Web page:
For high-value orders, check to see if the customer’s IP is suspicious. IPs coming from an unusual overseas location not matching the billing/shipping addresses (coupled with a few other fraud factors) are potential signs of fraud.
8. Google emails, phone numbers, and addresses for existing fraud
It’s no surprise that Google can be incredibly helpful, as common emails, phone numbers, and addresses associated with fraud are often reported online and thoroughly documented in common fraud attempts.
For example, scammers often pose as more legitimate customers such as Universities or other businesses, and a quick Google search may reveal that the address used for receiving goods is actually a virtual office, PO box, or freight forwarding service, which legitimate customers are less likely to use.
9. Check to see if billing address matches shipping address
Mismatches often indicate risk, but could also be gifts for distant loved ones. Again, this is one of many factors, which when taken together, could indicate higher chances of fraud.
10. Consider delaying shipping by 24 hours on first-time, high-value items
Scammers want high-value products shipped fast before stolen credit cards are detected. Cards reported as stolen will usefully be frozen immediately, and it may take someone a day or more to realize their cards have been stolen. Be on the lookout for high-value orders from first-time customers who opt for unusually fast, third party, or expedited delivery – another common sign of fraud.
11. Limit the maximum number of orders and take big orders by phone or chat
Again, scammers love to get their hands on as much product and money as possible. Someone ordering 20 drones or 200 doggie leashes from you is unlikely to be for individual use. Try to determine what a reasonable per person threshold is for orders deemed suspicious. Large corporate orders are better done on the phone, or consider implementing a chat feature to discuss and vet larger orders.
12. Use a block list
If you detect constant abuse coming from a customer, consider putting that customer or IP address on a blocklist and avoid future headaches. Contact the customer to verify if the order is suspicious; fraudsters will often use fake phone numbers or stumble when asked for basic details about the order.
13. Use fraud prevention software
Sometimes, if your order volumes are high, it’s nearly impossible to manually verify orders. There are a number of software solutions you can use to aid in detecting and avoiding fraud.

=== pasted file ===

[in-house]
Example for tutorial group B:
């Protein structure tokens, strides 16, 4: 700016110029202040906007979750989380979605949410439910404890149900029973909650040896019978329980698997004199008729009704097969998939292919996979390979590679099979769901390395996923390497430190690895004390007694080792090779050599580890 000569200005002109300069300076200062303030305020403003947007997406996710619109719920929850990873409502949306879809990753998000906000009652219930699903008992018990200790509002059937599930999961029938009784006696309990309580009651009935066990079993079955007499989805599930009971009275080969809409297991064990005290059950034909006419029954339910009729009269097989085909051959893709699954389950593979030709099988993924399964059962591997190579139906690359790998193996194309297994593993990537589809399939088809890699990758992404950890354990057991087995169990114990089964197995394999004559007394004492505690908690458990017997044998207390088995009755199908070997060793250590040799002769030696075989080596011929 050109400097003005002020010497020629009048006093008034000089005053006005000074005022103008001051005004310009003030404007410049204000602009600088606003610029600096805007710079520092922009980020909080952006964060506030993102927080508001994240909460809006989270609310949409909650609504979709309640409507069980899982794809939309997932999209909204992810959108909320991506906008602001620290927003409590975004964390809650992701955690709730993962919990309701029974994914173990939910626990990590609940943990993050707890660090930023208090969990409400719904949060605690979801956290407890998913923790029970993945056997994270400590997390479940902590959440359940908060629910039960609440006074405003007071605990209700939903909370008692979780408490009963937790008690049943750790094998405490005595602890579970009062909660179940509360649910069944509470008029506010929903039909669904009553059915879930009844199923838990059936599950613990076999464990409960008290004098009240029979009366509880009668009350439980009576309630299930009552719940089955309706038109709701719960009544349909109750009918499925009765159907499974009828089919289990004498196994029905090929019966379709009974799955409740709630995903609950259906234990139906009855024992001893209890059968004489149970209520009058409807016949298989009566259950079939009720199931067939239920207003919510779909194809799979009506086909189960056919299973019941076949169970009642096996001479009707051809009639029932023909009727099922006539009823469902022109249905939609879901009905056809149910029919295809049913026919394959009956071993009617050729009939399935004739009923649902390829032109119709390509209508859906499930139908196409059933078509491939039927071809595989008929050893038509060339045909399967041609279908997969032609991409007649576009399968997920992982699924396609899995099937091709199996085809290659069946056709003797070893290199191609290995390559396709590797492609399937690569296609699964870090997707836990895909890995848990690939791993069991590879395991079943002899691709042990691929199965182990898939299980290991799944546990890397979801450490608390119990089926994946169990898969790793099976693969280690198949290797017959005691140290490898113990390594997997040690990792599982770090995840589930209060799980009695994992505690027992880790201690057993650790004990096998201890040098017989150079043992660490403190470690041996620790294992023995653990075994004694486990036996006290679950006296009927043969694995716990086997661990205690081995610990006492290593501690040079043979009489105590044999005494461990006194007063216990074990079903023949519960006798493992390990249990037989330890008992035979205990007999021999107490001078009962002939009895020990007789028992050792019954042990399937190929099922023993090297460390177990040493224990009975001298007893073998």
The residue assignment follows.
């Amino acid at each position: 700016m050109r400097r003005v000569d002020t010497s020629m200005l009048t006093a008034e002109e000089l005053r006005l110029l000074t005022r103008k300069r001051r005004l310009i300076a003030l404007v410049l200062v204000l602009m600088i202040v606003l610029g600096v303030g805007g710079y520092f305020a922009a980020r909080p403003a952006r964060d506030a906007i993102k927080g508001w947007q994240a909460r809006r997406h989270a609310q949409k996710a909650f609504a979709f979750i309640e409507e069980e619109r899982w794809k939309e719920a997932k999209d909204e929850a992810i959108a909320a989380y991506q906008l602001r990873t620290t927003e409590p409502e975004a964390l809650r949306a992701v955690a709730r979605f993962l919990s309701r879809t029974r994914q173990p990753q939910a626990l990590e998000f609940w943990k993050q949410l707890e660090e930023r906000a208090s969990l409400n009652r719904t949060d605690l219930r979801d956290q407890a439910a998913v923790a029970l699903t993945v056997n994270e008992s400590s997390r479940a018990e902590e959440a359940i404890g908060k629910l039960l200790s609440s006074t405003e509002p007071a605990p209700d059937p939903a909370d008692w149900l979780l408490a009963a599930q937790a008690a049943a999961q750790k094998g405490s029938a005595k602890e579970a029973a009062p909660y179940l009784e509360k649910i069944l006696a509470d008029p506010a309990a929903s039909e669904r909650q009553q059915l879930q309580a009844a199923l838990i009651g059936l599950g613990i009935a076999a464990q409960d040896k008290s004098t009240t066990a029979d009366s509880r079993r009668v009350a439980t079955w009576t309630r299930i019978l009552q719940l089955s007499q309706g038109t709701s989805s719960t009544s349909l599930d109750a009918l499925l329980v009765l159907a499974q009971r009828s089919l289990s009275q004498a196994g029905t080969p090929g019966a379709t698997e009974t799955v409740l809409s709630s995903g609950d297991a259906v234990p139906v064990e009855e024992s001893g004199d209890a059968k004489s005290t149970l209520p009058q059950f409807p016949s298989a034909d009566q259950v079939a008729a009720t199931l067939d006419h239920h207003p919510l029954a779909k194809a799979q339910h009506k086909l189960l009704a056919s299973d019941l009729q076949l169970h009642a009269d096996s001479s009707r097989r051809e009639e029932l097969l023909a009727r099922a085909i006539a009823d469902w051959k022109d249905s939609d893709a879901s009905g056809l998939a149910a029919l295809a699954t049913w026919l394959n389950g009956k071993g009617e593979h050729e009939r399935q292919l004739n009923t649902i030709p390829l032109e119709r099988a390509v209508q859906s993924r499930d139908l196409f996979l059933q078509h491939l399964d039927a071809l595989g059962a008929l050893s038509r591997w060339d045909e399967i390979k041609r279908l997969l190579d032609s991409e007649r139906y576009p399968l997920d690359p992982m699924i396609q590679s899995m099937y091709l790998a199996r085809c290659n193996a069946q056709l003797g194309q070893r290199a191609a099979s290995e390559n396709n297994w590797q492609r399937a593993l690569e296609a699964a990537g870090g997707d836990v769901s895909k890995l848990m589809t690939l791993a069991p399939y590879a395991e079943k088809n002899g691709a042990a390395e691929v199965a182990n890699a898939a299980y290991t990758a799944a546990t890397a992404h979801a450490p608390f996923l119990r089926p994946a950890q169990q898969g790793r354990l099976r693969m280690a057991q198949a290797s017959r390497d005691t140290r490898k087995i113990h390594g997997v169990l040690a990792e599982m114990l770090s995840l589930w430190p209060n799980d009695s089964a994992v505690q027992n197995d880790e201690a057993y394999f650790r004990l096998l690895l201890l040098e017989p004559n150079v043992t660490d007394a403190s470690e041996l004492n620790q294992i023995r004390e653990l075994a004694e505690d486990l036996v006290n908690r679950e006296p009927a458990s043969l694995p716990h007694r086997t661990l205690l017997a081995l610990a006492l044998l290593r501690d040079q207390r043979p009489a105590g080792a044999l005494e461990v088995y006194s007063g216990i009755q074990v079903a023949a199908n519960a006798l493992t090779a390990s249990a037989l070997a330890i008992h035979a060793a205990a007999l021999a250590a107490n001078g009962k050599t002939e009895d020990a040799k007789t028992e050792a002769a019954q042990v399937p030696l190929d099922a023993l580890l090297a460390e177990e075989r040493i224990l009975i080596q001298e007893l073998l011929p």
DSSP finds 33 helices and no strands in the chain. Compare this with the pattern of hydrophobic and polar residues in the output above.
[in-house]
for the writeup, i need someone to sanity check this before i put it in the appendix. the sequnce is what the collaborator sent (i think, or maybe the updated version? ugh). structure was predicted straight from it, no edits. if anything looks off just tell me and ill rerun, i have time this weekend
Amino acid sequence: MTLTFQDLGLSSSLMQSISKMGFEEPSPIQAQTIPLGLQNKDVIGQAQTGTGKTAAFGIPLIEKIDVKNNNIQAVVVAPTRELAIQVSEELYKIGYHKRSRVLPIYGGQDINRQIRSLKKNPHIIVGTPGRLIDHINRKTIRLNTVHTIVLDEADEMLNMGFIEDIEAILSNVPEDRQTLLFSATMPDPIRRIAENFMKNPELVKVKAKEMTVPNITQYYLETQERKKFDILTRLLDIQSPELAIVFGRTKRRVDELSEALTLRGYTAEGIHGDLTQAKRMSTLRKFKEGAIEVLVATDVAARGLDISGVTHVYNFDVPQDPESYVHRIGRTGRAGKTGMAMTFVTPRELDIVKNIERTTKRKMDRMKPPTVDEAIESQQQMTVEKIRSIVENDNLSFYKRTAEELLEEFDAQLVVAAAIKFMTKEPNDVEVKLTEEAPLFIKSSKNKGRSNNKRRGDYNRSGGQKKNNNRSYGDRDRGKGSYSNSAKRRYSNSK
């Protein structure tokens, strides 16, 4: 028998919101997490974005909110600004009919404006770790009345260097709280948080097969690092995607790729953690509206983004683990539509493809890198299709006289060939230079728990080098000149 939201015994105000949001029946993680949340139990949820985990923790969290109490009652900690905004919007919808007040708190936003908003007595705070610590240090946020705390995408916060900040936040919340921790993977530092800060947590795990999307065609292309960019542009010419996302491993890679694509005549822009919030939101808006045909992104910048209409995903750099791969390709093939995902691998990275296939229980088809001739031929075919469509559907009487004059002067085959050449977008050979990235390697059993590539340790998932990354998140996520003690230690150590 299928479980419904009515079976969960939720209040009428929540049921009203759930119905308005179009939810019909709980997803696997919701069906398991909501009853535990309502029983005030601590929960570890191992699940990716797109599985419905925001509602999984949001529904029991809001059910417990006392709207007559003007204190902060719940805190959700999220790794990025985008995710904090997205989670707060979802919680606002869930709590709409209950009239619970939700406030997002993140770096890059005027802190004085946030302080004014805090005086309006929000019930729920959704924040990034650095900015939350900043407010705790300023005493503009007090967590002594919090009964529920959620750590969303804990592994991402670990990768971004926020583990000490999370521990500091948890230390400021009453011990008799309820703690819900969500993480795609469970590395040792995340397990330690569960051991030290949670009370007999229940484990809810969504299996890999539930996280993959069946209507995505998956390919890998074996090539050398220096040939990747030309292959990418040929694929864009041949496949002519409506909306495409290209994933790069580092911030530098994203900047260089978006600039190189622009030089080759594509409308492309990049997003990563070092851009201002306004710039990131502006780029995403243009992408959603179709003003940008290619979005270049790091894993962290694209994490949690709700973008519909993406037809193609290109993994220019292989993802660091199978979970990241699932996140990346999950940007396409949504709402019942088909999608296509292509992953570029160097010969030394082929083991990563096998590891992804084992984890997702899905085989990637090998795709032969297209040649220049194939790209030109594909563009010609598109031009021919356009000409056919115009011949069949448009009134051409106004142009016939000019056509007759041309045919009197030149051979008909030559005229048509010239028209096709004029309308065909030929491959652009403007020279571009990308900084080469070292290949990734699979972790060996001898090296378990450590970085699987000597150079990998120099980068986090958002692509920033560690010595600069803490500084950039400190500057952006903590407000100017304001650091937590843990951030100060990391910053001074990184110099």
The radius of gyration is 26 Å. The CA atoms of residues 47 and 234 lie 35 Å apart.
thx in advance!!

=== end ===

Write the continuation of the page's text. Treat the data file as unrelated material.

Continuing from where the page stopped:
14. Employ due diligence and take action
Ultimately, the due diligence and final decision to act is incumbent upon the merchant. Don’t be afraid to refund or verify high-value orders that light up the fraud indicators above, as legitimate customers won’t generally be annoyed with a friendly just-to-check call. It’s also far cheaper to refund a likely fraudulent order than to chase down thousands of dollars in impossible to recover products lost due to fraud.
Even though you may lose the sale and alienate a customer, you’ll end up losing more money, your precious time, as well as the products themselves to fraud if you aren’t proactive in taking action. Remember, most police jurisdictions will not bother to investigate online fraud.
15. Understand why chargebacks occur
To protect your time and energy, recognize that chargebacks are sometimes legitimately used by consumers. There are also gray areas. Buyer’s remorse is a common reason for chargebacks, especially when customers do not want to bother with a refund policy. You can make this fair to you by stating a restocking fee.
Mistakes also happen. Sometimes chargebacks may occur because customers fail to recognize the charges or forgot they purchased the items. Customers may also misunderstand delivery dates or have different expectations, and unintentionally believe they are being scammed. When investigating chargeback claims, you can refer to this page for reason codes for various payment providers, should you wish to fight the claims.
Lastly, it’s outside of your control if the customer still chooses to bypass you and initiate a chargeback. Don’t take things too personally. Understand where your customer service may need improvement, as customers who fail to get adequate responses from the merchant in addressing their complaints will resort to using chargebacks.
This is your chance to communicate with the buyer and address any potential concerns and keep a happy customer who may return. In cases of clear chargeback abuse and fraud, don’t be afraid to use tools, offer evidence, communicate, and move on quickly to focus on the important aspects of your business.